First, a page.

Early-bird sale ends this Friday for TC Sessions: AR/VR in Los Angeles

After Friday, September 21, ticket prices for TC Sessions: AR/VR will jump $100 for the October 18 event hosted at UCLA.

Buy your early-bird $99 tickets today before these savings fly the coop! Students get tickets for just $45.

The event’s stage will feature some of the industry’s most groundbreaking companies and thought leaders.

Here are some agenda highlights:

Kickstarting an Industry
Yelena Rachitsky [Oculus]
Oculus has pumped hundreds of millions of dollars into funding VR content. Facebook’s VR future rests on people finding new worlds that they want to step into — how will Oculus make this happen?

Building Inclusive Worlds
Cyan Banister [Founders Fund] (other speakers to be announced soon)
If you had the chance to redesign society, where would you even start? As game developers continue designing massive online virtual worlds where we will spend more and more time, how should we look to correct issues we encounter and how can we build a better future?

The Social Experiment
Adam Arrigo [TheWaveVR], Sophia Dominguez [SVRF] and Gil Baron [Mindshow]
If anything, the Oculus VR acquisition in 2014 signaled that Facebook saw VR as a social final frontier. No one really knows what exactly those interactions look like though, but there’s an awful lot that’s already been explored.

Reality Checks
Niko Bonatsos [General Catalyst], Catherine Ulrich [FirstMark Capital] and Jacob Mullins [Shasta Ventures]
“[VR] is the frothiest space in the Valley right now. Nobody understands it, but everyone wants in. Any idiot could walk into a f***ing room, utter the letters ‘V’ and ‘R’, and VCs would hurl bricks of cash at them.” – Erlich Bachman. While this may have indeed been the case a couple of years ago, investor cash has been a bit sparser in 2018. Where are the opportunities now?

Click here to see the full agenda to see who’s going to be onstage and what awesome demos you’ll get to watch.

The early-bird sale offers the biggest savings for this event. Scoop up your tickets here before they are all gone.

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Facebook pushed for access to financial firms' user data

Reuters/Dado Ruvic

Facebook is in hot water again over its data sharing deals — or rather, attempted deals. The Wall Street Journal has learned that Facebook had spent “years” negotiating for access to financial companies’ user data. The amount of data it wanted to collect varied. It initially insisted that it had access to all data on its servers, but later backed off and arranged limited data use.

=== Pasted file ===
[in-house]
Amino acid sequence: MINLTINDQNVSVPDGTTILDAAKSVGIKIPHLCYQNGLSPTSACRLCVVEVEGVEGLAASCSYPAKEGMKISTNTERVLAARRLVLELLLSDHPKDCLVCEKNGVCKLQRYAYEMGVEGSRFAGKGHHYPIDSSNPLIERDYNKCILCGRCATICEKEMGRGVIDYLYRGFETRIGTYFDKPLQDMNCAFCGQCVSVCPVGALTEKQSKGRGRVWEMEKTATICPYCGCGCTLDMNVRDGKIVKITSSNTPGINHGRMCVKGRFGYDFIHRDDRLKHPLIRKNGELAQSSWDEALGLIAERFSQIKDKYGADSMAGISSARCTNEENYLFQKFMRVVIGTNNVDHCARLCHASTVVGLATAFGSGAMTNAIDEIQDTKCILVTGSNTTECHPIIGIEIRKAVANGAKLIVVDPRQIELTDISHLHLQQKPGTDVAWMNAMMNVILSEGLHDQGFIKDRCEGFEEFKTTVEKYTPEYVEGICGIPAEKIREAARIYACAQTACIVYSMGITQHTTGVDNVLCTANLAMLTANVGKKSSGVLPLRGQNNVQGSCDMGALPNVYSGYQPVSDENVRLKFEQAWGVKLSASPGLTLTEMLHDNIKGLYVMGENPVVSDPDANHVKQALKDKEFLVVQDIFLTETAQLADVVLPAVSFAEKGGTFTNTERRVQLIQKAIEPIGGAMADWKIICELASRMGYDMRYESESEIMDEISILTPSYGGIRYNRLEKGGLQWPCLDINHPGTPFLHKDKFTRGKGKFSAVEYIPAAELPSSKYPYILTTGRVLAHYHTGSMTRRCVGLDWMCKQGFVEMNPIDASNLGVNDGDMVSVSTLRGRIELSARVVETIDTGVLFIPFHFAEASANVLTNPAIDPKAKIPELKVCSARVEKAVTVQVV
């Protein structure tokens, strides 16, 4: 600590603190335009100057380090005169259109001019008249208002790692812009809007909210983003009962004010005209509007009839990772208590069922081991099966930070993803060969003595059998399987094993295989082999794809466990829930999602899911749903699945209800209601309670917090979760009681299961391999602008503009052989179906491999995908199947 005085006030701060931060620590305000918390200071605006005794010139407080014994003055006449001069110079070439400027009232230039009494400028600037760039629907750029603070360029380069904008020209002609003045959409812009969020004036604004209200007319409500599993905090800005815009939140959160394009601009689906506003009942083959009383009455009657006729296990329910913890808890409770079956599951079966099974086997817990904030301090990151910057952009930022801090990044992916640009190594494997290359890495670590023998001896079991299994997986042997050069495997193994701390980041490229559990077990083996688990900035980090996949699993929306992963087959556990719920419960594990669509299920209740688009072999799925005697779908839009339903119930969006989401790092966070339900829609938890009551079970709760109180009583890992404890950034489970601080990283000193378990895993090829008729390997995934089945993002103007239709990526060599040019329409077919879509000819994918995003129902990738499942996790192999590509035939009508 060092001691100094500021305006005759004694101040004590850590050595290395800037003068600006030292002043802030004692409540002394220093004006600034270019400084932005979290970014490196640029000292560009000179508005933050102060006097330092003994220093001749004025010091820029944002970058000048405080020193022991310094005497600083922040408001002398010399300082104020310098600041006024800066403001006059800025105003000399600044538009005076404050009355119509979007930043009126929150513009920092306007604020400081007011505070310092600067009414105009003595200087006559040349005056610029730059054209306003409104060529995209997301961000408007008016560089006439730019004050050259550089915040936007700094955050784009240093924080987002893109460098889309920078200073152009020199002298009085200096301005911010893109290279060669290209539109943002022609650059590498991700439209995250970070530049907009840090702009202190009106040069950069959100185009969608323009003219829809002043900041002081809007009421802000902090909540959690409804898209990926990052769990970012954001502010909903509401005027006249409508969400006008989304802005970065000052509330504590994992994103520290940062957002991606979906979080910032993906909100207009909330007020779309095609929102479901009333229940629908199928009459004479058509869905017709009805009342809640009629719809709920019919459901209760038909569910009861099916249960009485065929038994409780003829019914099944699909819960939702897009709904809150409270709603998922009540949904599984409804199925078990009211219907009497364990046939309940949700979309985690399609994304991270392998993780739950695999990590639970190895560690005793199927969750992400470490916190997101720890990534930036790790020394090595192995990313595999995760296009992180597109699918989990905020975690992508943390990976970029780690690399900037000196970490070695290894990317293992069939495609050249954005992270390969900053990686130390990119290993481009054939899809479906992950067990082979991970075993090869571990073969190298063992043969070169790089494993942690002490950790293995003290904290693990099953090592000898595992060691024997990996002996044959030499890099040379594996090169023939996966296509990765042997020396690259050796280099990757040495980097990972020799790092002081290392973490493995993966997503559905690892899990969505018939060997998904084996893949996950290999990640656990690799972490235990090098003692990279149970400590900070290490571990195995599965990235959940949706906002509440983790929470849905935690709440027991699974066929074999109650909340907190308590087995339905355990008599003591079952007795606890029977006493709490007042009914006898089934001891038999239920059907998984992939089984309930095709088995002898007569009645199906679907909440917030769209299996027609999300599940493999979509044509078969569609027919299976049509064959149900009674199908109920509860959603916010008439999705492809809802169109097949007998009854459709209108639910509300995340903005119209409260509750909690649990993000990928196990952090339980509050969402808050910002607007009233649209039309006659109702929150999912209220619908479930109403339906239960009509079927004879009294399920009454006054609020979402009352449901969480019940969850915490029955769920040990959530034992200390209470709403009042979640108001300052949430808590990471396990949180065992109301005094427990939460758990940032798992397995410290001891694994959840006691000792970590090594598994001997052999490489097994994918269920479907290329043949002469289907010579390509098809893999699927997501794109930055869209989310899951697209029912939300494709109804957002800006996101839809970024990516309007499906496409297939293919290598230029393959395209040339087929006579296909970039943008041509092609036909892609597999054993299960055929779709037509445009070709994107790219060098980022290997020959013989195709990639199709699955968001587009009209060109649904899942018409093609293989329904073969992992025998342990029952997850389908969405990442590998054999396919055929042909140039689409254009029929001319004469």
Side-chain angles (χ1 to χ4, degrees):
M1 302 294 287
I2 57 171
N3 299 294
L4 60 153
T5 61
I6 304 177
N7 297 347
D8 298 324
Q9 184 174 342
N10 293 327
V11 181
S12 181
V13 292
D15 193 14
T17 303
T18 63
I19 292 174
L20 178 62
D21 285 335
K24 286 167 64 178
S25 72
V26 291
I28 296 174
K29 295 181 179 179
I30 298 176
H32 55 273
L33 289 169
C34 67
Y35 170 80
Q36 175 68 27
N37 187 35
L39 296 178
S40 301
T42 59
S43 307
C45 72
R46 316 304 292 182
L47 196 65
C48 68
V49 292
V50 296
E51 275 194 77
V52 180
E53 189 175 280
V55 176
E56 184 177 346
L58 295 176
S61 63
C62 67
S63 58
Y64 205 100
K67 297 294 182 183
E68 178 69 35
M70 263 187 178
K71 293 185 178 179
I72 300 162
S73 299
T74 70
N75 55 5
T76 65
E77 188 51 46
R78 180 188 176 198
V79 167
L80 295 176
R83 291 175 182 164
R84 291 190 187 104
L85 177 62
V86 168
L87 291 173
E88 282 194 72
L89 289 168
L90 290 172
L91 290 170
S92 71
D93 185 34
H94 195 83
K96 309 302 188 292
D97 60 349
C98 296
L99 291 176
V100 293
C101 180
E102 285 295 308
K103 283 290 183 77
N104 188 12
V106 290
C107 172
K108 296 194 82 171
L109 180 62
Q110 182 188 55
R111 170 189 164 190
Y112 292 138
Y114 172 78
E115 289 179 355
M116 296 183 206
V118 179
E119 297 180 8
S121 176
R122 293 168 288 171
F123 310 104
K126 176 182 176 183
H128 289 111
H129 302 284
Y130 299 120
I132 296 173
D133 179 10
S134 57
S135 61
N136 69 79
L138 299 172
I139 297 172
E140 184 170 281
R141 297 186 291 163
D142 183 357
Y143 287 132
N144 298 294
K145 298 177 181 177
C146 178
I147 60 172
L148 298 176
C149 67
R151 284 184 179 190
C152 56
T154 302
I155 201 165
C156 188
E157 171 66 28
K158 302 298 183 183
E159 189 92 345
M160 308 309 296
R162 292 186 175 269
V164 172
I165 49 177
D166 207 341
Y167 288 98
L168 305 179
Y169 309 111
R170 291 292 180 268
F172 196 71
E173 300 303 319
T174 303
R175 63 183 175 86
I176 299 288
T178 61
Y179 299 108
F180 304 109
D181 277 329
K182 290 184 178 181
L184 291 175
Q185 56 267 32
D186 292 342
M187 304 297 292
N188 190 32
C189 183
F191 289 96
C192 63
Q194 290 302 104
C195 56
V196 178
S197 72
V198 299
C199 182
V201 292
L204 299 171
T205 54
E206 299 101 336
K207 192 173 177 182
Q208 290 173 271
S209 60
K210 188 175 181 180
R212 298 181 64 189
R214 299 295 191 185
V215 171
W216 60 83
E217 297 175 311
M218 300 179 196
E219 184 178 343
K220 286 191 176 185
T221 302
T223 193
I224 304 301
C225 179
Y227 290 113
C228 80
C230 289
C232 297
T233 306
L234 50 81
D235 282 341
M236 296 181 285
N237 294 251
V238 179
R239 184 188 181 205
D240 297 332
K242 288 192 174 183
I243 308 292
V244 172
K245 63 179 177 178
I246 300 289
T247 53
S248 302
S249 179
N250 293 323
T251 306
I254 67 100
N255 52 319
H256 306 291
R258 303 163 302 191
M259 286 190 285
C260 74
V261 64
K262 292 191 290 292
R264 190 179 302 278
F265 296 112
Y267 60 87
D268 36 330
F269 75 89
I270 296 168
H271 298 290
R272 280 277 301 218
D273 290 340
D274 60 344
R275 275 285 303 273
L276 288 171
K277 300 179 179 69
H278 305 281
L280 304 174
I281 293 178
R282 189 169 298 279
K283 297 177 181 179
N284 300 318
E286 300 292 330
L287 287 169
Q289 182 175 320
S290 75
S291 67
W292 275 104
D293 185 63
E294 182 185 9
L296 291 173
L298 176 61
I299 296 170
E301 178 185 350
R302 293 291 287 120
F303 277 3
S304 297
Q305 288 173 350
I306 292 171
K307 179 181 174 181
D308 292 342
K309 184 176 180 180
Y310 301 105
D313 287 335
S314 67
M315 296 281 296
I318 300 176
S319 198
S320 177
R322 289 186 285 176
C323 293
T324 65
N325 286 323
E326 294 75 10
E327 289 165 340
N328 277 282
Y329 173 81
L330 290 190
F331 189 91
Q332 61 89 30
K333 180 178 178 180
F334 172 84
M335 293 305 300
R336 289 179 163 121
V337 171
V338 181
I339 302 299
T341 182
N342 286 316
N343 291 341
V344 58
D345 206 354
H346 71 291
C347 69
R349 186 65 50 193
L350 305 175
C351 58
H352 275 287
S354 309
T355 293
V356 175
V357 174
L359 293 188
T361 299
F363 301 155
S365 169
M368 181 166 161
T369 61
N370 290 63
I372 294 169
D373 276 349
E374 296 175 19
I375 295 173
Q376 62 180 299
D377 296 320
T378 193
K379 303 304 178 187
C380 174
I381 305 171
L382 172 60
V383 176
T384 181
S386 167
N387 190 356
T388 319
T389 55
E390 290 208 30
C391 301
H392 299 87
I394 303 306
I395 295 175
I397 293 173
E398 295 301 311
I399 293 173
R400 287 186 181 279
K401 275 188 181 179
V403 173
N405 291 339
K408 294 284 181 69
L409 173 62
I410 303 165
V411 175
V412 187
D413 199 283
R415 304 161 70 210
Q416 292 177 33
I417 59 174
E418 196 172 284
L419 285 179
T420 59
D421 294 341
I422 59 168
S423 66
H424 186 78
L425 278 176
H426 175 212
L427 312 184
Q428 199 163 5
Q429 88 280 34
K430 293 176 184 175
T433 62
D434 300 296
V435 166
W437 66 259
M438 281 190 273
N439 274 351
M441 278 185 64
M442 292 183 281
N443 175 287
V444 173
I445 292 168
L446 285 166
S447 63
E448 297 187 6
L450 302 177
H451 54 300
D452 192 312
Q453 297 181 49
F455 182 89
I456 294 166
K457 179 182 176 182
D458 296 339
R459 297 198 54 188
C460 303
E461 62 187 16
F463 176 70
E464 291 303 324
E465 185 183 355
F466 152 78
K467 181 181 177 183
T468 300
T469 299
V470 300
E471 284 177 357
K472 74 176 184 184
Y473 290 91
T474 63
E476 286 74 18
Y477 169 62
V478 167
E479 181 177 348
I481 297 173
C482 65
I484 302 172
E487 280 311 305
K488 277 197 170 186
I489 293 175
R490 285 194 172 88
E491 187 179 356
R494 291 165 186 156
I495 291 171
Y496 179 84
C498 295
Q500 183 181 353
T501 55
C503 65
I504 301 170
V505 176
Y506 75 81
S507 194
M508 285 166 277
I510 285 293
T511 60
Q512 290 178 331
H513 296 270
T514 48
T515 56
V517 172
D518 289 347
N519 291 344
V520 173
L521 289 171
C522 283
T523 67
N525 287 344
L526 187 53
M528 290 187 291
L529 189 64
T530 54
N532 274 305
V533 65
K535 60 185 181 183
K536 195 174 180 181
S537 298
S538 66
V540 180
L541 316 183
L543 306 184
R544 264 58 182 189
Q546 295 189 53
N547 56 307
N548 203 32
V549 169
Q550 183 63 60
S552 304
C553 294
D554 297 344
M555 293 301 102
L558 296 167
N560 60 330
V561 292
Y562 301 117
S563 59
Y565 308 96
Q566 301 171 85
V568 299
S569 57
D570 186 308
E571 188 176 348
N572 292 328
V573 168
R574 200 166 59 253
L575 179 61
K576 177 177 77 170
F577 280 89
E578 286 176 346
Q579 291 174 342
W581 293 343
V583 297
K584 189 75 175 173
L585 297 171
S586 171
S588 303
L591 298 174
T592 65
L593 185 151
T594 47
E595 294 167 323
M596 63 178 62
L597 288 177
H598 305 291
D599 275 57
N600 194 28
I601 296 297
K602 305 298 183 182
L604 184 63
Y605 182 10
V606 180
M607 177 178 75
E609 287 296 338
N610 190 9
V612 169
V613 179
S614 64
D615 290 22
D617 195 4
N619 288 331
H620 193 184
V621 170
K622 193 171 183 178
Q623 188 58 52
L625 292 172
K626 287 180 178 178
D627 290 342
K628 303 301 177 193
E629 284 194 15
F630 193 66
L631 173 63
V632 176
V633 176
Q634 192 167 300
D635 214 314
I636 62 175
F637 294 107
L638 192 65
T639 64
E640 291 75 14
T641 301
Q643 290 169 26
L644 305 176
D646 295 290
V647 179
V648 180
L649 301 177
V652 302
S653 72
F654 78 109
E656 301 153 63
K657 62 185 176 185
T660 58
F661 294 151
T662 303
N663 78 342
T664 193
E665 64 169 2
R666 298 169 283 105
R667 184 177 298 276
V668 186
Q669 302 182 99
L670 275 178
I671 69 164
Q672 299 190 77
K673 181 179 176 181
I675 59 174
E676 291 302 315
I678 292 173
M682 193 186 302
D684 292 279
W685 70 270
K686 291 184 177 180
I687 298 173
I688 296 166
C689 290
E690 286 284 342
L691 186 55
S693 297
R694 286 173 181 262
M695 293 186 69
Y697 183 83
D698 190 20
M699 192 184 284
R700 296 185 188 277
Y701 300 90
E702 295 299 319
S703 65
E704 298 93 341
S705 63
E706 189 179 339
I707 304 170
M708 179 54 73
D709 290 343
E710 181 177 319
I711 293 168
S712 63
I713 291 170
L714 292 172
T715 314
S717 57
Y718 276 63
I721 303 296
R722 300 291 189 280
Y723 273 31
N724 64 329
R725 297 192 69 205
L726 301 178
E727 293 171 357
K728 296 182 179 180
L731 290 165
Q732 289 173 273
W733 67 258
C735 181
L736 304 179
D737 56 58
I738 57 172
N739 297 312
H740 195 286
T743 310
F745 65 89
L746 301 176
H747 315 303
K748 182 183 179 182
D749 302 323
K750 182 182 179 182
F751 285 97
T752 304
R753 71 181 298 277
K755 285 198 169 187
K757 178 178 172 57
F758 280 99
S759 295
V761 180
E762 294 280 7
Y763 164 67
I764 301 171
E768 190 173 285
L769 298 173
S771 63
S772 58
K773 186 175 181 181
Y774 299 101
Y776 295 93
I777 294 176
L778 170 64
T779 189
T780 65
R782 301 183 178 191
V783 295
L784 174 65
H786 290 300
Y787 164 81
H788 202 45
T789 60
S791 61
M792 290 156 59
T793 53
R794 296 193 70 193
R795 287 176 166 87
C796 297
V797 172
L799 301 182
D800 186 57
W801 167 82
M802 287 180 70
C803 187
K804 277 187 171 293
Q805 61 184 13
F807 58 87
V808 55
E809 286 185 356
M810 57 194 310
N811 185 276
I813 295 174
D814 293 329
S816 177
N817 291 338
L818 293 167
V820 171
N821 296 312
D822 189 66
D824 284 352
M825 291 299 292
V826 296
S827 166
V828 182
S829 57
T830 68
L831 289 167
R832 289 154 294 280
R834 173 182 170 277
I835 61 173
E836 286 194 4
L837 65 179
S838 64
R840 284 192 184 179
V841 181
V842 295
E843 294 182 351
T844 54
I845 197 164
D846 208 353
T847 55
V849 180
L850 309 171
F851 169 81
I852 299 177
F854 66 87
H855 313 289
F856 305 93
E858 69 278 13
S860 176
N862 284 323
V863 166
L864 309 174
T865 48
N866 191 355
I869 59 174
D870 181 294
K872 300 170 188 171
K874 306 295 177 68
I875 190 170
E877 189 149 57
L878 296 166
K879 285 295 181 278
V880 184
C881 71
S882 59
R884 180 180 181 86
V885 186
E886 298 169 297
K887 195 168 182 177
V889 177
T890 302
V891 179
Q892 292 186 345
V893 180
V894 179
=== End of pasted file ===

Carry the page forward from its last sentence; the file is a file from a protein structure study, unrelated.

Throughout 2016 and 2017, Facebook had been pushing for access to individual users’ Messenger conversations with chatbots and customer service representatives. Numerous companies balked at the thought of handing over individual financial info, however, and signed custom deals that limited what Facebook could see. American Express would only provide aggregated data, for instance. And some companies were outright skittish — Bank of America moved private messages off Facebook, while Wells Fargo warned customers against providing sensitive info in Messenger chats lest Facebook use it.

In a statement, Facebook spokeswoman Elisabeth Diana said that the social network didn’t use consumer-level financial data for targeted ads, and that it partnered with financial companies to “improve people’s commerce experiences,” such as through better support. Facebook also stressed that it wouldn’t use financial information from its Messenger bank services for ad targeting.

The scoop illustrates the evolving attitude toward data privacy both for Facebook and its users. Although it certainly had privacy controls during this period, it was still pressing for access to sensitive info in ways that made companies uncomfortable. Flash forward to 2018 and it’s a different story. The social site certainly hasn’t tossed out financial services, but incidents like the Cambridge Analytica scandal have made both Facebook and outsiders keenly aware of the potential for privacy abuses.

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ACLU: Facebook allowed gender-discriminating job ads


The ACLU has filed a complaint against Facebook with the Equal Employment Opportunity Commission for what it says is unlawful gender-based targeting of job ads. The organization filed the charges on behalf of three women, the Communications Workers of America and the women the CWA represents. Its charges allege that Facebook allowed employers to target their job ads toward men and it names 10 companies that it says took advantage of that feature.